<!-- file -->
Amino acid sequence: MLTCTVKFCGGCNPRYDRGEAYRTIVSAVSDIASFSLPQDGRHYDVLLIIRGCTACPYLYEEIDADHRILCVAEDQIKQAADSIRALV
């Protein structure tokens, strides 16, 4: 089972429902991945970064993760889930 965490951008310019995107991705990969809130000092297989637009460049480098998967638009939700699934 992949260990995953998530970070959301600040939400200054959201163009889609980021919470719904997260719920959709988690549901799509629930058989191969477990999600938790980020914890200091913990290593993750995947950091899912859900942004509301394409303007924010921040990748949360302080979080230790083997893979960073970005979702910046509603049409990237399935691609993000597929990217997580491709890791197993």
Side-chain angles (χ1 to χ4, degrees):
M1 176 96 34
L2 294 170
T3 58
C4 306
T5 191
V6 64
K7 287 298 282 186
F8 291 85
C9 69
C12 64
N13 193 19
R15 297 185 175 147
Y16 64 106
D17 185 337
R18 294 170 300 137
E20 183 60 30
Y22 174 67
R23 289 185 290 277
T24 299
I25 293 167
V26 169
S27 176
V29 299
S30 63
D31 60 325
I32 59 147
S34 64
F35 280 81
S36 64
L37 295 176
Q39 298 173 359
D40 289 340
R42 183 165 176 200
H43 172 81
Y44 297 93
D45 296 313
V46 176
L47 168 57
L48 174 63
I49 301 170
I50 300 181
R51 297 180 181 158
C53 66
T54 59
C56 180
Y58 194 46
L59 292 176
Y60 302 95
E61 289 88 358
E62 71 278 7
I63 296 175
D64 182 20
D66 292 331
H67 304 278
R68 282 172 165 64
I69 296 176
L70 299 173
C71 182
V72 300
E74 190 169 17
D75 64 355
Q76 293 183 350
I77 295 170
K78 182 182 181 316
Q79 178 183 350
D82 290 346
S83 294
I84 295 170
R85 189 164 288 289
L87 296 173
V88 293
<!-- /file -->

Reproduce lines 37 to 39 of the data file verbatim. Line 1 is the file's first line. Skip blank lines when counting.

H43 172 81
Y44 297 93
D45 296 313